Two years ago, a knock on Fatima and Mansour al-Timani’s door shattered the life they had built together.
It was the police, delivering news that a judge had annulled their marriage in absentia after some of Fatima’s relatives sought the divorce on grounds she had married beneath her.
Apparently the RIAA is so busy suing consumers that they forgot to hire a decent programmer. With a simple SQL injection, all their propaganda has been successfully wiped from the site.
It started out on the social news website Reddit, where a link to a really slow SQL query was posted. While the Reddit users were trying to kill the RIAA server, someone allegedly decided to up the ante and wipe the site’s entire database.
The comments on Reddit are only speculation so far. Based on the username, which was apparently “webReadOnly”, it might not have been setup correctly, or someone could have found another way to delete the content form the site.
On Tuesday, the CULT committee (the part of the European Parliament responsible for culture and education) is voting on what needs to be done to support the “Cultural Industries” in Europe.
The report, headed by Member of European Parliament Guy Bono, started off well – but the music industry have stuck in several hand-grenade amendments that could mess up European culture and the Internet for decades: They’re pushing for ISPs spying on traffic, “dangerous” sites being blocked online AND copyright extension, all in one document!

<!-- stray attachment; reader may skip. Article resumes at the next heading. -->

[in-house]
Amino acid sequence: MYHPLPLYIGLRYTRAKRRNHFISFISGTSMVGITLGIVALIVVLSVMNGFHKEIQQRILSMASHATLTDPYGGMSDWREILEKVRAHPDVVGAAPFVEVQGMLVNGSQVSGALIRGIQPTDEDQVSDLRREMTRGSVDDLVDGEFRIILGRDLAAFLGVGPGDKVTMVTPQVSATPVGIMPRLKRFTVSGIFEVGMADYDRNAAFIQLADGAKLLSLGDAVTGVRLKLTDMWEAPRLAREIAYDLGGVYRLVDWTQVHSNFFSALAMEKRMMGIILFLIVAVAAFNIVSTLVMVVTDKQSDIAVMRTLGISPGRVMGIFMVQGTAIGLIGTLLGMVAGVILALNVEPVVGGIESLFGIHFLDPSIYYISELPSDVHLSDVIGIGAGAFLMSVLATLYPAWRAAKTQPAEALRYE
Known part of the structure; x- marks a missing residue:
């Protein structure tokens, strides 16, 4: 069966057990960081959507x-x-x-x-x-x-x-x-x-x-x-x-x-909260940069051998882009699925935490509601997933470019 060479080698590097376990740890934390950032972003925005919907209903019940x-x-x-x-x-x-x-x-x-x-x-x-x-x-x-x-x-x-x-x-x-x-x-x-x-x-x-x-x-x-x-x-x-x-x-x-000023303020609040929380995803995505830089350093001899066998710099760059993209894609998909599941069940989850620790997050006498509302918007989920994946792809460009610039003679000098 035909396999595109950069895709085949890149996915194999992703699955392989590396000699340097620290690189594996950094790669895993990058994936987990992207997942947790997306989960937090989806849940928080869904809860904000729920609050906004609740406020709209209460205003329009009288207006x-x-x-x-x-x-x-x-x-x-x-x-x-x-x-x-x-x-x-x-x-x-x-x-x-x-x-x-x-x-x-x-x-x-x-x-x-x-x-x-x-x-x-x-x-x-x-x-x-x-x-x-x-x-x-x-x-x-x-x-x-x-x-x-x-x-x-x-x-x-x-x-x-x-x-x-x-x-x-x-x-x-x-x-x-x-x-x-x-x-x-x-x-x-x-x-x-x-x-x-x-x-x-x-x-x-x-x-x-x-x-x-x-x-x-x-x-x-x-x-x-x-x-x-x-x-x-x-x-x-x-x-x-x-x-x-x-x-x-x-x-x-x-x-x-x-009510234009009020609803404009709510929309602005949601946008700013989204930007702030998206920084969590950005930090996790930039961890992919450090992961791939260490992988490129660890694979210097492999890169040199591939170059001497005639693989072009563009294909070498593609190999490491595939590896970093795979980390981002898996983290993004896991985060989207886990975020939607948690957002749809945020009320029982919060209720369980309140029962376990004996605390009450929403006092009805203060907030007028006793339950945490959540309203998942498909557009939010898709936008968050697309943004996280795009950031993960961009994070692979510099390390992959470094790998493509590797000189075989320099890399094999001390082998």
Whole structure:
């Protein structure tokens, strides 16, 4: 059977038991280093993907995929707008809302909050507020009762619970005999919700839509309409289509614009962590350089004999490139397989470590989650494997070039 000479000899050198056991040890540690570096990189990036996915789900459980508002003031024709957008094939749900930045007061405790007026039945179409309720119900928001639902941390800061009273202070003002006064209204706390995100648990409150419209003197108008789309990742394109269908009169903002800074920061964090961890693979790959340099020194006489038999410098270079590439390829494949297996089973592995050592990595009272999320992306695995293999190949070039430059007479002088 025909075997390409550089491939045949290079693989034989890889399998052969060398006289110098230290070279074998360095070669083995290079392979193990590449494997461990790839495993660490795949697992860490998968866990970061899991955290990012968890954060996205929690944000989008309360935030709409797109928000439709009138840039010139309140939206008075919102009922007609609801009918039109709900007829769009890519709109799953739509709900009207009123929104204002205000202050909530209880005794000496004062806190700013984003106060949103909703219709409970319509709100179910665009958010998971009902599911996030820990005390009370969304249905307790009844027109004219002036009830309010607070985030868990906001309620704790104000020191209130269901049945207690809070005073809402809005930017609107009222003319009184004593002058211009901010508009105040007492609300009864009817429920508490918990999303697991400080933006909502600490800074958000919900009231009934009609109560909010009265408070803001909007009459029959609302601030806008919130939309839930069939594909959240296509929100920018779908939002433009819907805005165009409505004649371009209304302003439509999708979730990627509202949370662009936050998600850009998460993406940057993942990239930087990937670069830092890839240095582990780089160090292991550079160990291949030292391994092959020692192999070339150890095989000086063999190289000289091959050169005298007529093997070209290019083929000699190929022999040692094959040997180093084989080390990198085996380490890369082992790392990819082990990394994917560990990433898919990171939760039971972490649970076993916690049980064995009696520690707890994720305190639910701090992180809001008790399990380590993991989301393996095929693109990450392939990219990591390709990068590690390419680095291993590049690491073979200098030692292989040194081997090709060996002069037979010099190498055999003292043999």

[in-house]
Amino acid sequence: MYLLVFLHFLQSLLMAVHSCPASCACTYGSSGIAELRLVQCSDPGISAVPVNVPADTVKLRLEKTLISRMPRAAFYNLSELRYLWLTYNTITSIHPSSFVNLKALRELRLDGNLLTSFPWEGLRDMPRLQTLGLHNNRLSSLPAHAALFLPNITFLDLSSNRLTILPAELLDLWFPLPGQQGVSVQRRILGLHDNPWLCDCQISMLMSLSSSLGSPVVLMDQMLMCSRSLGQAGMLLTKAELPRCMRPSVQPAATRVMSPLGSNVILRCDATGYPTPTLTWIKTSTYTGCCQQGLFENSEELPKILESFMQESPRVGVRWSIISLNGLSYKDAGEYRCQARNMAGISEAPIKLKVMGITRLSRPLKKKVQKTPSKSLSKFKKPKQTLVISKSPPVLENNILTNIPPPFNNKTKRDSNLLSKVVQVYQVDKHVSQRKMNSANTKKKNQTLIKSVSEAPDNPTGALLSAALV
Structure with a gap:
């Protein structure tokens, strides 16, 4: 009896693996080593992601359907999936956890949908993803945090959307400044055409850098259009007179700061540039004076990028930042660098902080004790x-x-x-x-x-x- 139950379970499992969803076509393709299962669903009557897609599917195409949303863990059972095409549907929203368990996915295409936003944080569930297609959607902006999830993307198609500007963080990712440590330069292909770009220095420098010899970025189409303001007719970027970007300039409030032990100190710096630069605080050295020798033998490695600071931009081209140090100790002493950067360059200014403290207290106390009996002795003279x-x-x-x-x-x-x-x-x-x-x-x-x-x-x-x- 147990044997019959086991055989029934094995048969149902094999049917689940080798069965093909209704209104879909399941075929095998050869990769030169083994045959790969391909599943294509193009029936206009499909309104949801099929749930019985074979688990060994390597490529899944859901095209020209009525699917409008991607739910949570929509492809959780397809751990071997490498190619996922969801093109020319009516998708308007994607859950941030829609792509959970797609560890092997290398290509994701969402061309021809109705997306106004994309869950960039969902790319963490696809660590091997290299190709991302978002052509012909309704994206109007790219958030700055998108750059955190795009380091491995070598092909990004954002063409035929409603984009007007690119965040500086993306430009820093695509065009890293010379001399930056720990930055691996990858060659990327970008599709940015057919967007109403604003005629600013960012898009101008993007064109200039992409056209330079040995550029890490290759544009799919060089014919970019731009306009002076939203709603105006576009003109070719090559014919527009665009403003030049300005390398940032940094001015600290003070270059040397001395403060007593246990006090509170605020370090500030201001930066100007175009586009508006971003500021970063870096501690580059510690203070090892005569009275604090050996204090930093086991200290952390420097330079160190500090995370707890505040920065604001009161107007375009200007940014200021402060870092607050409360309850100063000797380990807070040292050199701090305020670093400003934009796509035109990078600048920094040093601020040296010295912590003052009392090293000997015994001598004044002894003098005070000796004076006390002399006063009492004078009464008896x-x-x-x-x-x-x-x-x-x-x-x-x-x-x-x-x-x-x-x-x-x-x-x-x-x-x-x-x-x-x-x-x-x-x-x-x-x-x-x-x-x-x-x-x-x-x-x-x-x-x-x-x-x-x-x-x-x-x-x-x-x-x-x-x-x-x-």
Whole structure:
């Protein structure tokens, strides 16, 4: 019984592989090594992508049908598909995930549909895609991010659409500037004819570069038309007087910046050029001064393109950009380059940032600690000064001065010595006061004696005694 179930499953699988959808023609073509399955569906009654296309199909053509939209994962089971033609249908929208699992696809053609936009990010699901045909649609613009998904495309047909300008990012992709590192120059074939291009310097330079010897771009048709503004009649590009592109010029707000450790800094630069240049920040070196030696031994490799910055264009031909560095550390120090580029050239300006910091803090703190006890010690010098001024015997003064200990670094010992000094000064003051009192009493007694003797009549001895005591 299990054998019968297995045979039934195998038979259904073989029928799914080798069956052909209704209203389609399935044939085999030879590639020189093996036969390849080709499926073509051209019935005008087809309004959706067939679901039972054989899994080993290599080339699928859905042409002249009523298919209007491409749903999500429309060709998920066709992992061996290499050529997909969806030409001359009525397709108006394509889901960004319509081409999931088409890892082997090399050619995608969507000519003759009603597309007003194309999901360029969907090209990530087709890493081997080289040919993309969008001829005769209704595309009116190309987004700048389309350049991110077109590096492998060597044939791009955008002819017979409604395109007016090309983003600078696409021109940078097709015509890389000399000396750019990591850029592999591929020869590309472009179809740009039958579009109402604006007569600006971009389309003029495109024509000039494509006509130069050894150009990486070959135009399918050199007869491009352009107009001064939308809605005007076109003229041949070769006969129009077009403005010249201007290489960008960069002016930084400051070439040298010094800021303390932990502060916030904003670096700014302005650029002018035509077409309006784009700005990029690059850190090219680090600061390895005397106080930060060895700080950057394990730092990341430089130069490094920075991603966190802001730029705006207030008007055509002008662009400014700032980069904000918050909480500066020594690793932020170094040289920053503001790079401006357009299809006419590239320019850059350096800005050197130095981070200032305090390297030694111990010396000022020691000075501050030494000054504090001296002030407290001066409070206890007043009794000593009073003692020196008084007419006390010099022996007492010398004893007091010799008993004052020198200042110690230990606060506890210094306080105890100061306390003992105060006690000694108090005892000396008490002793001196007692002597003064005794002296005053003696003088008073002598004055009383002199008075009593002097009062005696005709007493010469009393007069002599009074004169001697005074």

Here’s the back-story. The International Federation of the Phonographic Industry (IFPI) has been lobbying Euro-parliamentarians to introduce ISP filtering and blocking across Europe, and pushed to get language supporting these ideas into this report. EFF briefed the committee members on why this would be a terrible idea for privacy, Europe ue process, free expression – and wouldn’t work to stop infringement.
So now IFPI has changed tactics. A new amendment, number 82, has popped up, proposing EU-wide law that would extend EU copyright terms “to protect artists who risk seeing their work fall within the public domain in their lifetime, and to consider the competitive disadvantage posed by less generous protection terms in Europe than in the United States”.
(The UK’s Gowers report already put pay to both of these canards: artists hardly benefit from extensions 95 years after they recorded the song. And there’s no “competitive advantage” when extending EU copyright terms means you’re paying foreign rightsholders more by charging your own citizens extra.)
Europeans who would like their Internet free from constant monitoring for suspected infringement, and their cultural works not trapped in amber for nearly a century, write to your CULT committee members now. Phone numbers and email addresses are available on the Europarl site. Tell them to keep ISP filtering, site-blocking, AND copyright extension out of the Guy Bono Report, and out of Europe!